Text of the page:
Here is where the debate starts. The knock against Mauer is that while he was an excellent catcher, he only played the position for a decade. Due to concussions from catching, he moved to first base for the final five seasons. He caught 70 or more games eight times. In total he caught 921 games, making 885 starts as a catcher.
In those 10 seasons, he hit .323/405/.469 with a 135 OPS+.
When somebody does something historical, the feeling here is that it should add to his HOF candidacy. Mauer is the only catcher to win three batting titles, in 2006, 2008 and 2009. In those three years, he caught 120, 139 and 109 games respectively. He batted .347 in 2006, .328 in 2008 and .365 in 2009.
During those first 10 seasons, he was a six-time All-Star, won an MVP (in 2009) and finished in the Top 10 four times. Mauer also earned five Silver Slugger awards and three Gold Gloves.
Is that enough production in a decade of work?
Due to the demands of the position, we think so.
Plus, how much did the toll of catching and the injuries contribute to the decline after he switched positions?
His final five seasons were well below HOF-worthy — .278/.359/.388 with a 105 OPS+. Never a big home run hitter, he hit 38 of his career 143 home runs in the final five seasons.
Still, even with the decline, here are his career statistics — .306/.388/.439 with a 124 OPS+.
Only eight HOF catchers have a higher career rWAR than Mauer (55.2).
He certainly did enough in his years as a catcher to make this ballot.
The longevity issue is what hurts Utley. Utley had a five-year stretch that was HOF standard. From 2005-2009, he hit .301/.388/535 and averaged 29.2 home runs. 110.6 runs, 101.4 RBI, 151 games and 675 plate appearances. His fWAR average for those five years was an astonishing 7.7.
During this span, Utley earned four of his six All-Star appearances.
The Phillies made the playoffs in the final three of those seasons, winning the World Series in 2008 and losing to the NY Yankees in the 2009 World Series. Utley hit five home runs in the 2009 series, which is tied for the most in MLB history. Reggie Jackson in 1977 and George Springer in 2017 also hit five.
He had other strong seasons, but none to match this five-year average.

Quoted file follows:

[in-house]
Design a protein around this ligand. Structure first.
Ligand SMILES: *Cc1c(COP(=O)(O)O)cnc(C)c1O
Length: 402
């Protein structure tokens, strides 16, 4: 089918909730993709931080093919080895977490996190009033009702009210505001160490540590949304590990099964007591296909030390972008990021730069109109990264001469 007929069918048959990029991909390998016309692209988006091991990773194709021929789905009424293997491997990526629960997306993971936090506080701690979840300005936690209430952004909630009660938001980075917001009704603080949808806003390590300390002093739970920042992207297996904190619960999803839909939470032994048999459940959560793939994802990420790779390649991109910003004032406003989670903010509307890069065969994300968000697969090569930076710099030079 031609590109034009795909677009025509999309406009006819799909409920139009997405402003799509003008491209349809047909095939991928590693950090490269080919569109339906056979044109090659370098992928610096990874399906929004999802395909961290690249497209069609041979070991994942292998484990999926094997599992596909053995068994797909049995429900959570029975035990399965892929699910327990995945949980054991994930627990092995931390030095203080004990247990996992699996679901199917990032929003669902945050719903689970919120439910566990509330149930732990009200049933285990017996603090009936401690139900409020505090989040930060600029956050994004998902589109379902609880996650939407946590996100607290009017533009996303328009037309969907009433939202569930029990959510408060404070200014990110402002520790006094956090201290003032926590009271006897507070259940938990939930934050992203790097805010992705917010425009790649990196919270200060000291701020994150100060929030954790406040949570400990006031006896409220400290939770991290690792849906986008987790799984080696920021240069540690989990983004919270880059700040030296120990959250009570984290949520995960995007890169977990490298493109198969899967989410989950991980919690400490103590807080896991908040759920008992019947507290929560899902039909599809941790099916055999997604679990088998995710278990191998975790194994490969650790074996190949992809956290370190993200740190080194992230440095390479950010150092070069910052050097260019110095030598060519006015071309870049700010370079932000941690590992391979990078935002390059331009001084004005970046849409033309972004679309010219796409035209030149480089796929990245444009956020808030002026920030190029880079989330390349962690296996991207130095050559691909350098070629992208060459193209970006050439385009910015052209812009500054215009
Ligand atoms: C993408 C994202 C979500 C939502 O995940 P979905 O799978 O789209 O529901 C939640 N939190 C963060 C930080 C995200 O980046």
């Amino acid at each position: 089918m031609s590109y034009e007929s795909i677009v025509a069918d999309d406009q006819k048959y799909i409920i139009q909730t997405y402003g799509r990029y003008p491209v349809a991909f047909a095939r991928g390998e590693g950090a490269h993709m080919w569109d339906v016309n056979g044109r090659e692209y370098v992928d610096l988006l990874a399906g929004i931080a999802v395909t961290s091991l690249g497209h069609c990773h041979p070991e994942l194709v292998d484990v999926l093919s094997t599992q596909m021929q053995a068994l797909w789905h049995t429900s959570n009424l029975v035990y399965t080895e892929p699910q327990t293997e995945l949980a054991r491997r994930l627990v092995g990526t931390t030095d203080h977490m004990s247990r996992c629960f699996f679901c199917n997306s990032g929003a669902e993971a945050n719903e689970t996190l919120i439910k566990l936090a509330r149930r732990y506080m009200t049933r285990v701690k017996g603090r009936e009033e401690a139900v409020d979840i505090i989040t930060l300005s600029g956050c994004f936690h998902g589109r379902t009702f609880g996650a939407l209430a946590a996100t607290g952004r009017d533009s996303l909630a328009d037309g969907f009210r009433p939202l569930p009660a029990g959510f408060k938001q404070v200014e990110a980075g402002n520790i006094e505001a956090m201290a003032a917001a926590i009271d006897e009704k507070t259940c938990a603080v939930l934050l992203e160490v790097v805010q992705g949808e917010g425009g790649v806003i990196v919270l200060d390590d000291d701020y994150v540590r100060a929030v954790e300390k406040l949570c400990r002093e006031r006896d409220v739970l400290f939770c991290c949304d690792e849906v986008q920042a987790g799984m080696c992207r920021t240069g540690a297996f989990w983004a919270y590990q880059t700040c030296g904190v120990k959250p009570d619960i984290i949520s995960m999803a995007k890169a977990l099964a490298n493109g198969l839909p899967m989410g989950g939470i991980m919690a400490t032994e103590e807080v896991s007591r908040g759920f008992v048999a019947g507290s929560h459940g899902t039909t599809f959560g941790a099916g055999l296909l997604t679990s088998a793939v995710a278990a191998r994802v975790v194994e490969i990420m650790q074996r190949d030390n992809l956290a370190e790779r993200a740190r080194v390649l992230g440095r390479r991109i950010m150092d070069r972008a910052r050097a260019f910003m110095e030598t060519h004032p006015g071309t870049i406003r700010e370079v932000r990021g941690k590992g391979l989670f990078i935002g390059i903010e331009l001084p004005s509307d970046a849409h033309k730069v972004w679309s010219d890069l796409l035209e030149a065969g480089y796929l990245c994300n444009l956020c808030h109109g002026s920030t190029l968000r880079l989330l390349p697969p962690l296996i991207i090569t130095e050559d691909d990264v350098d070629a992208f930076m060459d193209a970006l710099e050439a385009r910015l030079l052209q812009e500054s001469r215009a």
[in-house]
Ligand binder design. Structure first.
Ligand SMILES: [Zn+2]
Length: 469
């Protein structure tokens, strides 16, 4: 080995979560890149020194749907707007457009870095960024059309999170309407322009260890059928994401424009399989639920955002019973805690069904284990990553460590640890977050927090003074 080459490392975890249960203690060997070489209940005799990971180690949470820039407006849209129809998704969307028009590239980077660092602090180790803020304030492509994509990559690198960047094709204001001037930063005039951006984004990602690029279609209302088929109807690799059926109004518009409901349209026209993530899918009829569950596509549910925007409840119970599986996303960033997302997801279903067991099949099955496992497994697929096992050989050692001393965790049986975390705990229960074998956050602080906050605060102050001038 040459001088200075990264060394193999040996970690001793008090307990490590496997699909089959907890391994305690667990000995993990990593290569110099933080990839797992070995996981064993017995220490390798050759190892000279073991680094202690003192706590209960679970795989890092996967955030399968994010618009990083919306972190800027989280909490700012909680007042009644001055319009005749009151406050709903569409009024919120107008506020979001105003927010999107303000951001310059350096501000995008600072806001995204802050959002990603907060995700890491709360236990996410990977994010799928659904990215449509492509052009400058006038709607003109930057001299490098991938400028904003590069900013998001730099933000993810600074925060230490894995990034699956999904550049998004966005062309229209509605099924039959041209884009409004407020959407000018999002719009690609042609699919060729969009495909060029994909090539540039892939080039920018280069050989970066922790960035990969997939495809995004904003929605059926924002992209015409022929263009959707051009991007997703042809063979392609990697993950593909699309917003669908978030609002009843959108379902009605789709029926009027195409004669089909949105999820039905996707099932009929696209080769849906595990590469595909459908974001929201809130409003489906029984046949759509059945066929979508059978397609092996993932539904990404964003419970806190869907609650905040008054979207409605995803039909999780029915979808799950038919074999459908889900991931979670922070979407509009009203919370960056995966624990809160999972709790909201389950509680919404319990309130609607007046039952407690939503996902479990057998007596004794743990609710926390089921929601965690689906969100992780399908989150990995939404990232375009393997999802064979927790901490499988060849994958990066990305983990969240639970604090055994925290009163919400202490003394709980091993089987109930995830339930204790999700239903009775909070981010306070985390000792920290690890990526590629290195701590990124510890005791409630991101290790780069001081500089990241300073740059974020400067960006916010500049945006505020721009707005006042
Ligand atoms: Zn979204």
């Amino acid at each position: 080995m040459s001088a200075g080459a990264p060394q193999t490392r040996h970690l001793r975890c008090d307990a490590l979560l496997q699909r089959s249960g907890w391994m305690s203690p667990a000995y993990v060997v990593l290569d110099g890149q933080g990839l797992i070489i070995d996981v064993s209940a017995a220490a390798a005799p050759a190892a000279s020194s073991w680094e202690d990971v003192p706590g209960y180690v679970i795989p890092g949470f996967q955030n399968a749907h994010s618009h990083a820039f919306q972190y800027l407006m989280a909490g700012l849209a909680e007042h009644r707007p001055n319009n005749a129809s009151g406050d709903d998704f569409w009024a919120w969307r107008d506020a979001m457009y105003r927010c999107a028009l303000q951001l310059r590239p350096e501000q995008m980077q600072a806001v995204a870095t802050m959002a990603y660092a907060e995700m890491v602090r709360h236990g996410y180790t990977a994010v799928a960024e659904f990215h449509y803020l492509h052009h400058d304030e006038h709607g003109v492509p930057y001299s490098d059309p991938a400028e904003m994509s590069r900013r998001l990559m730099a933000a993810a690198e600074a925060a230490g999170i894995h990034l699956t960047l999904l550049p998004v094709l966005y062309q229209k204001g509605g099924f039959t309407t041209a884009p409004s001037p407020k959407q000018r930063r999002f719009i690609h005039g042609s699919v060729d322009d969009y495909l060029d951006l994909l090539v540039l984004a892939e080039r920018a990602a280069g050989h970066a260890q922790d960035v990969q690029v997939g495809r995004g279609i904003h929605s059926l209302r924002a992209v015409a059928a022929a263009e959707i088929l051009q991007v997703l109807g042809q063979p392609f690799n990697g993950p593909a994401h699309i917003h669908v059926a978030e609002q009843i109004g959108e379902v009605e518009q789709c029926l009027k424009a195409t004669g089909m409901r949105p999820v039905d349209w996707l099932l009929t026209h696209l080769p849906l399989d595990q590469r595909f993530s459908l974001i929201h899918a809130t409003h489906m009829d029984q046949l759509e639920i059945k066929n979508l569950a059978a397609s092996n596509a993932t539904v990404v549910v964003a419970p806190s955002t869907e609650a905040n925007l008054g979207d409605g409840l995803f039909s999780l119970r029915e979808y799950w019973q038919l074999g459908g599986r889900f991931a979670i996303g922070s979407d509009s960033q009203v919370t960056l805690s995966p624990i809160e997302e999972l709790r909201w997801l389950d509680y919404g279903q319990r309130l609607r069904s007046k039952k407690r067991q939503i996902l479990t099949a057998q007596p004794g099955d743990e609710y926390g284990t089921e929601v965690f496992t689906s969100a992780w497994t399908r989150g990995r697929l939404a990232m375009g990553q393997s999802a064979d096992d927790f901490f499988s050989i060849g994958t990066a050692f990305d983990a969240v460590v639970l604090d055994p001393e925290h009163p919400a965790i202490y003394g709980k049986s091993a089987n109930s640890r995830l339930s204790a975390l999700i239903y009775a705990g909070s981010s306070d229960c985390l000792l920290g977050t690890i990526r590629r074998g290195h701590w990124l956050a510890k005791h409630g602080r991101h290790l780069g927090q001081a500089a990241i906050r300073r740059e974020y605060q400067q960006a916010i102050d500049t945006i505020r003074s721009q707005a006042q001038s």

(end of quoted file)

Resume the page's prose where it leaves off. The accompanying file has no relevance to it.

His career numbers, especially for a second baseman were strong – .275/.358/.465 and a 117 OPS+. He had 1,103 runs and 1,025 RBI. Will the fact that he had fewer than 2,000 hits (1,885) hurt Utley?
Probably in the eyes of some, but he ended up being a six-time All-Star and earning four Silver Slugger Awards.
Only 10 HOF second basemen have a higher rWAR than Utley (64.5). Only four HOF second basemen have more home runs than Utley (259).
Injuries caught up to Utley, but he was more than a five-year wonder. Even after 2009, he would make two other All-Star teams and from 2010-2014 had an average OPS+ of 116.
Utley played the game hard and was a quiet leader during the greatest run in Phillies history when they qualified for the playoffs five consecutive seasons from 2007-11.
It is understandable for those who feel he didn’t perform at a top level long enough, but he did enough to get on this ballot.
New York Mets third baseman David Wright was on a HOF trajectory before spinal stenosis ended his career. Wright’s last full-time year was his age-31 season in 2014.
His counting stats, which included 1,777 career hits and 242 home runs, will be used against him, but Wright had an impressive nine-year peak, where he earned seven All-Star berths. The seven all-star games matched last year’s HOF inductee Scott Rolen.
From 2005-2013, Wright hit .302/.384./.505 with a 138 OPS+. Wright averaged 23 home runs, 90 runs and 93 RBI. During this time, he won two Gold Gloves and two Silver Slugger awards and finished in the top 10 in MVP voting four times. After this period, he would play just one more full season in 2014 when the decline began.
His final career numbers were .296/376/.491 and 133 OPS+. Only seven HOF third basemen have a higher OPS+ than Wright.
Should Wright be penalized for suffering what turned out to be a career-ending injury, that ended his full-time status after his age 31 season?
It can be argued that durability is part of being a HOF player and that is a good case, but Wright was the face of the franchise, a perennial All-Star and a strong two-way performer.
We can see both sides of this argument, just as we can for Utley and to a degree Mauer, but these players did enough to make it onto this ballot, even if their excellence was shorter than some would like.